A listing of Montgomery County's legislative delegation in the Jan. 5 Metro section left out the name of Sharon Grosfeld (D). She was elected to fill the state Senate seat once held by Rep. Christopher Van Hollen (D-Md.). (Published 1/7/03)

When The 2003 General Assembly convenes on Wednesday and continues for 90 days until the scheduled adjournment April 7. Robert L. Ehrlich Jr., the first Republican elected Maryland governor since 1966, will be sworn in Jan. 15.

Where The General Assembly meets in Annapolis in the historic Capitol, the oldest statehouse still in continuous legislative use. After the Revolutionary War, the city was the first peacetime capital of the United States. It was there that Gen. George Washington resigned his commission as commander in chief of the Continental Army and that the Treaty of Paris was ratified, officially ending the war.

Balance of Power The governor is a Republican. Democrats control both legislative chambers. In the 141-member House of Delegates, there are 98 Democrats and 43 Republicans. In the 47-member Senate, there are 33 Democrats and 14 Republicans.

Leaders Sen. Thomas V. Mike Miller Jr. (D-Prince George's) will serve as Senate president. Del. Michael E. Busch (D-Anne Arundel) will be speaker of the House, replacing Casper R. Taylor Jr., who lost reelection in his Western Maryland district.

Local Delegations Anne Arundel -- Senators: John C. Astle (D), James E. DeGrange Sr. (D), John A. Giannetti Jr. (D), Janet Greenip (R), Philip C. Jimeno (D). Delegates: David G. Boschert (R), Michael E. Busch (D), Joan Cadden (D), Virginia P. Clagett (D), Bob A. Costa (R), Don Dwyer (R), Barbara A. Frush (D), John R. Leopold (R), Mary Ann Love (D), Del. Tony McConkey (R), Herb McMillan (R), Pauline H. Menes (D), Del. Brian R. Moe (D), James E. Rzepkowski (R), Theodore Sophocleus (D).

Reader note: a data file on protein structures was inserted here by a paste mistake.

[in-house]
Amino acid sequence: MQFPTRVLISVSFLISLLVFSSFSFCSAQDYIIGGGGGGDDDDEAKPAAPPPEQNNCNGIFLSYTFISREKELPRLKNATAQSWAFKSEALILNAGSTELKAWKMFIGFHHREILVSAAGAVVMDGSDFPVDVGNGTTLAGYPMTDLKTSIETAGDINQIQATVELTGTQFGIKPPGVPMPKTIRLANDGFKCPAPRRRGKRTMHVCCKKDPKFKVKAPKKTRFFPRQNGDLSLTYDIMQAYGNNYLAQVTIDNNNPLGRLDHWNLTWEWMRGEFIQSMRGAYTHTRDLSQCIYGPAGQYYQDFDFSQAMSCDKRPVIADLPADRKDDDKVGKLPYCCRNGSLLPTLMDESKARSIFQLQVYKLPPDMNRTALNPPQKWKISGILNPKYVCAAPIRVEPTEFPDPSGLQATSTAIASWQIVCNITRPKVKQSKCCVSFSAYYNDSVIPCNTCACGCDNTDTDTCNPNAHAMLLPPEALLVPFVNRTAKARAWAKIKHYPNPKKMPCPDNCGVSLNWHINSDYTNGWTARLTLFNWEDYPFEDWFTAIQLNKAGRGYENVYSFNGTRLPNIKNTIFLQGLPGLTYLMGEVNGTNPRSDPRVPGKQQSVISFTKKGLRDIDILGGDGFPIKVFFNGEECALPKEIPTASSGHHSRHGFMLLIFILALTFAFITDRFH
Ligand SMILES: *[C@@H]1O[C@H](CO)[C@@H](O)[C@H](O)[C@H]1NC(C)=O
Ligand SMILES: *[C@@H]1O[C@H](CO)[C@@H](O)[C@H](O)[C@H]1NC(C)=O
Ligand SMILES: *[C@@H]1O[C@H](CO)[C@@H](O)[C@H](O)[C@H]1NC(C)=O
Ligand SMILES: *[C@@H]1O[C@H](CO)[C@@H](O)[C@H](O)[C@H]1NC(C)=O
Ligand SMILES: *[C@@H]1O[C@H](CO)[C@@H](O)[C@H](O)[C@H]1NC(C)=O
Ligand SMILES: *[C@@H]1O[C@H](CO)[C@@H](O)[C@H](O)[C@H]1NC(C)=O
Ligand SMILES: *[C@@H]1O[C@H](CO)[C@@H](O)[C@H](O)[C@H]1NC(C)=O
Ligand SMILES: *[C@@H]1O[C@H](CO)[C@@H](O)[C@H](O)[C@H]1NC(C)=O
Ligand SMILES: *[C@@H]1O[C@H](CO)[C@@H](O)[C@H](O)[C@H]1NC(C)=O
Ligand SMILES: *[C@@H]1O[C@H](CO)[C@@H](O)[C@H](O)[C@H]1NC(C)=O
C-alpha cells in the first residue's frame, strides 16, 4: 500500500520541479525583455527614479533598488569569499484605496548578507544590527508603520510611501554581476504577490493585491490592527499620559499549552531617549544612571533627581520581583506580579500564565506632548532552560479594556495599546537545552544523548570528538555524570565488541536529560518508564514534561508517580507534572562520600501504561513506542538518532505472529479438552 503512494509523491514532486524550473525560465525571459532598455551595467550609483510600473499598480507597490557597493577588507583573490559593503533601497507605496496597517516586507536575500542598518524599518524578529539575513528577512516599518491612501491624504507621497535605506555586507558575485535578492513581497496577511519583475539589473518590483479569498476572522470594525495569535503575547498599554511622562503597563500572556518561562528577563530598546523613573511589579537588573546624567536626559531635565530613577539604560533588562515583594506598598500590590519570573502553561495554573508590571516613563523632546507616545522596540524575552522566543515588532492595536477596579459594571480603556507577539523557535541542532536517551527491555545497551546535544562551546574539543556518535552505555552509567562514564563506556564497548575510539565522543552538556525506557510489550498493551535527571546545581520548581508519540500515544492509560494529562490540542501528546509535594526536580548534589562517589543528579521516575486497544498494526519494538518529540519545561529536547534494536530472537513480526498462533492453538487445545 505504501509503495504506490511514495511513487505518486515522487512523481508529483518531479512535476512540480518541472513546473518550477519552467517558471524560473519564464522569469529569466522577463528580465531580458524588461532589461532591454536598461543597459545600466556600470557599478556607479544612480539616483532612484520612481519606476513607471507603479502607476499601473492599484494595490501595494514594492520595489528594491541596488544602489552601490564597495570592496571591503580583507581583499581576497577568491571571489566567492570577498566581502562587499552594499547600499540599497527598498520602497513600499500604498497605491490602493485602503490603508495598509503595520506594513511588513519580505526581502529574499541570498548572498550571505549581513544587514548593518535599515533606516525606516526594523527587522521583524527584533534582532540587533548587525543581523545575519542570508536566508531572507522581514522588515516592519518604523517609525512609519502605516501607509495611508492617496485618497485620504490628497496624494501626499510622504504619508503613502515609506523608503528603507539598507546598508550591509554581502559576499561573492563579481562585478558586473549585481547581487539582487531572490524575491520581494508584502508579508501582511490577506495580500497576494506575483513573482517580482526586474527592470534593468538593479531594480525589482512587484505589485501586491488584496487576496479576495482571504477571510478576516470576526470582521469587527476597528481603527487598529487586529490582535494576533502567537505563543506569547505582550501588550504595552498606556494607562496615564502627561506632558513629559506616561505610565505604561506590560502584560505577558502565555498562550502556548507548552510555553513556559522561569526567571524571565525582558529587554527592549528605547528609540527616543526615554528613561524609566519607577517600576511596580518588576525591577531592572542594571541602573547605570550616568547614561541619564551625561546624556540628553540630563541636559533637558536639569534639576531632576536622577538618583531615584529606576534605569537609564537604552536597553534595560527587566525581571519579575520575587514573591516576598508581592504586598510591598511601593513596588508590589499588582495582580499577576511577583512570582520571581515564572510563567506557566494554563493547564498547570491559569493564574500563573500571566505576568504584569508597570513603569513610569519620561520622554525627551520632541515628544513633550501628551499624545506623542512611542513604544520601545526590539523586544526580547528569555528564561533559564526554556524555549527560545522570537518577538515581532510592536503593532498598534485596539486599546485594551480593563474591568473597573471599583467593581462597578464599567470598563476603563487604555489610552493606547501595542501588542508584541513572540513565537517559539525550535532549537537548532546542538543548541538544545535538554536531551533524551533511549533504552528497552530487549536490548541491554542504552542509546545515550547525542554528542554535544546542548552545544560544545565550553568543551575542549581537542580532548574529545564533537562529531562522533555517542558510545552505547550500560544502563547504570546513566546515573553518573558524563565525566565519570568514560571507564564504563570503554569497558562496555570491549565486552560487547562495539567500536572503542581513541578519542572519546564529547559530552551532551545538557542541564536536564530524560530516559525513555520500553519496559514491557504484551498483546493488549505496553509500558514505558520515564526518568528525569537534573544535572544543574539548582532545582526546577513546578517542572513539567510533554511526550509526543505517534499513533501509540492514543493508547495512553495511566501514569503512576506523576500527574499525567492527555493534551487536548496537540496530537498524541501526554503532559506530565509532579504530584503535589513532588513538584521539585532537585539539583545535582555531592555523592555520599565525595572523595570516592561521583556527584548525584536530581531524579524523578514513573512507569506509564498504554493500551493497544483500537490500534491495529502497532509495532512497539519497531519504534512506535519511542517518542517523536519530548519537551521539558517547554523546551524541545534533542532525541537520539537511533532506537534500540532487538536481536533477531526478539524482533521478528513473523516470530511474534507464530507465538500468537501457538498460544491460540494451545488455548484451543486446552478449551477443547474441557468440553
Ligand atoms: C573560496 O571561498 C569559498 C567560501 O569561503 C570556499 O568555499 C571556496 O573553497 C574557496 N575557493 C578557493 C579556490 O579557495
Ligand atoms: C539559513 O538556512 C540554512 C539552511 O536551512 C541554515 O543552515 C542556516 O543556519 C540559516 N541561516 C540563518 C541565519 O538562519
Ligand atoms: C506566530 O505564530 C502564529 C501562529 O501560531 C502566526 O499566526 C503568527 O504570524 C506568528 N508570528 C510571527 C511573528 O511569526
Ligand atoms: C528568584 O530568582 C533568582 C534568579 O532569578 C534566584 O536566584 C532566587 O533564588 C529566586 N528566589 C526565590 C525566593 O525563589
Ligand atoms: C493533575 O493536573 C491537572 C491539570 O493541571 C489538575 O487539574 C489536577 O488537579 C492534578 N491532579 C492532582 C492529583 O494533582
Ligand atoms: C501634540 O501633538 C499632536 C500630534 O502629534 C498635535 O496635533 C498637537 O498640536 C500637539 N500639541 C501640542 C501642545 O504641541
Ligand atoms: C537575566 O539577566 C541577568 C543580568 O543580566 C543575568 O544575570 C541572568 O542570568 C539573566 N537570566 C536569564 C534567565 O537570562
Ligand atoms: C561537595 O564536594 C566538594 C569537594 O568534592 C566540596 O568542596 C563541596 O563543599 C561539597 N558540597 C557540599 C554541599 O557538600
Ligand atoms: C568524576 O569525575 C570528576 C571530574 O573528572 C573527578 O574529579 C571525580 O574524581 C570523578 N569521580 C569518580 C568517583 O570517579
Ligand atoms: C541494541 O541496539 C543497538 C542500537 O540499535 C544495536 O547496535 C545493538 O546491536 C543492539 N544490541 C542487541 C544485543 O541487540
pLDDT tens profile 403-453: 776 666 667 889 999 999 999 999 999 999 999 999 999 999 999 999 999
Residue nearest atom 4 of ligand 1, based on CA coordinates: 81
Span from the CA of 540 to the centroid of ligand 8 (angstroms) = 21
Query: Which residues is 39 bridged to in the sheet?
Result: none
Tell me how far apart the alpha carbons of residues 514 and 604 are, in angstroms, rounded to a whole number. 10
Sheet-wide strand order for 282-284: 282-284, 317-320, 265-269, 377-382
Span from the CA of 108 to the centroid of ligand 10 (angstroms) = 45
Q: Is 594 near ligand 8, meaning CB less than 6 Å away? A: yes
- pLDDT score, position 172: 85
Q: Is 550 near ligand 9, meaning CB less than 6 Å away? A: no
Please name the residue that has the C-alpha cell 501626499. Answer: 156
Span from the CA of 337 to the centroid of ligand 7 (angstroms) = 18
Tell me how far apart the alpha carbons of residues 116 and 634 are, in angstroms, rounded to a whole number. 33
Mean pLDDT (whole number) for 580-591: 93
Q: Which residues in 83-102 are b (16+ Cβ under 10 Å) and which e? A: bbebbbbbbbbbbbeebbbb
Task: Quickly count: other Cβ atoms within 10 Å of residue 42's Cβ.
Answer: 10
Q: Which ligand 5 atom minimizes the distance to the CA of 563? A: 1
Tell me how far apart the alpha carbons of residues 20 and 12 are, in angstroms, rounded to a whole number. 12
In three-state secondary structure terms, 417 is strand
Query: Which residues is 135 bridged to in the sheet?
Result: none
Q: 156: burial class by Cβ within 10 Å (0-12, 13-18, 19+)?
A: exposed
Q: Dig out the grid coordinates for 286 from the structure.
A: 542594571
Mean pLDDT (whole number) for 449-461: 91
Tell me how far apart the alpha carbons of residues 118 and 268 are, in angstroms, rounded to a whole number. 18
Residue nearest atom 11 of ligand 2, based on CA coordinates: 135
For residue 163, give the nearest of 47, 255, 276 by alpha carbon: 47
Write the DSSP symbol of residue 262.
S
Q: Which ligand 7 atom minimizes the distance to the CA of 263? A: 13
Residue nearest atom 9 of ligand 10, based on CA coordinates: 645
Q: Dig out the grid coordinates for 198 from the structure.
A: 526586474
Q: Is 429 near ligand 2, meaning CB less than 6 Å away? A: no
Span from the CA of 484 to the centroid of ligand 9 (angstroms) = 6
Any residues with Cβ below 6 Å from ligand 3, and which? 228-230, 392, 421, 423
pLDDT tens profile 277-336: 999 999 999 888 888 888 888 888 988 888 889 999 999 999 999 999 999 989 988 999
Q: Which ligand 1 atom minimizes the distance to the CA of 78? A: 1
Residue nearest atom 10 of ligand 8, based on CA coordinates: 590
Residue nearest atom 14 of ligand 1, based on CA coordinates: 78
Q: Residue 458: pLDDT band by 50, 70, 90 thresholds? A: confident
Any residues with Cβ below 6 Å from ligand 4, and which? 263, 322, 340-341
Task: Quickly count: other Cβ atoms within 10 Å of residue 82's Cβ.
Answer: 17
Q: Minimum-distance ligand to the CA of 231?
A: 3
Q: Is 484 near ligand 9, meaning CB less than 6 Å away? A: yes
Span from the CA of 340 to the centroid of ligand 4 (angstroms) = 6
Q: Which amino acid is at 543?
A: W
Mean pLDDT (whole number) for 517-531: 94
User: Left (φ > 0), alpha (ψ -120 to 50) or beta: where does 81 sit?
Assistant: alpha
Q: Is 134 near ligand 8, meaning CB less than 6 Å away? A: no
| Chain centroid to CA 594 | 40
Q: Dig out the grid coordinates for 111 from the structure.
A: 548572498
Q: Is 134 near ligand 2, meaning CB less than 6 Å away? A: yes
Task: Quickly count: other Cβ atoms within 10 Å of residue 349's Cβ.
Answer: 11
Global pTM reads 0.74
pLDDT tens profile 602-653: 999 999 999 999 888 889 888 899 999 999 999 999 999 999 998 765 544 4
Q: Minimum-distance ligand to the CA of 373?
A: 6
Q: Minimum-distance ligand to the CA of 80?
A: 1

Calvert -- Senators: Thomas V. Mike Miller Jr. (D), Roy P. Dyson (D). Delegates: Anthony J. O'Donnell (R), Del. George W. Owings III (D).

Charles -- Senator: Thomas McLain Middleton (D). Delegates: Thomas E. Tim Hutchins (R), Sally Jameson (D), Van T. Mitchell (D).

Frederick -- Senators: David R. Brinkley (R), Alexander X. Mooney (R). Delegates: Joseph R. Bartlett (R), Galen Clagett (D), Donald B. Elliott (R), Patrick N. Hogan (R), Paul S. Stull (R), Richard B. Weldon, Jr. (R).

Howard -- Senators: Edward J. Kasemeyer (D), Robert H. Kittleman (R), Sandra B. Schrader (R). Delegates: Gail Bates (R), Elizabeth Bobo (D), Steven J. DeBoy Sr. (D), Robert L Flanagan (R), James E. Malone Jr. (D), Shane Pendergrass (D), Neil Quinter (D), Frank S. Turner (D).

Montgomery -- Senators: Jennie M. Forehand (D), Brian E. Frosh (D), Rob Garagiola (D), Patrick J. Hogan (D), Rona E. Kramer (D), Ida G. Ruben (D), Leonard H. Teitelbaum (D). Delegates: Charles Barkley (D), William A. Bronrott (D), Jean B. Cryor (R), Kathleen M. Dumais (D), Brian J. Feldman (D), Peter Franchot (D), Marilyn R. Goldwater (D), Ana Sol Gutierrez (D), Henry B. Heller (D), Sheila E. Hixson (D), John A. Hurson (D), Anne Kaiser (D), Nancy J. King (D), Susan C. Lee (D), Richard S. Madaleno Jr. (D), Adrienne A. Mandel (D), Karen S. Montgomery (D), Gareth E. Murray (D), Carol S. Petzold (D), Joan F. Stern (D), Herman Taylor (D).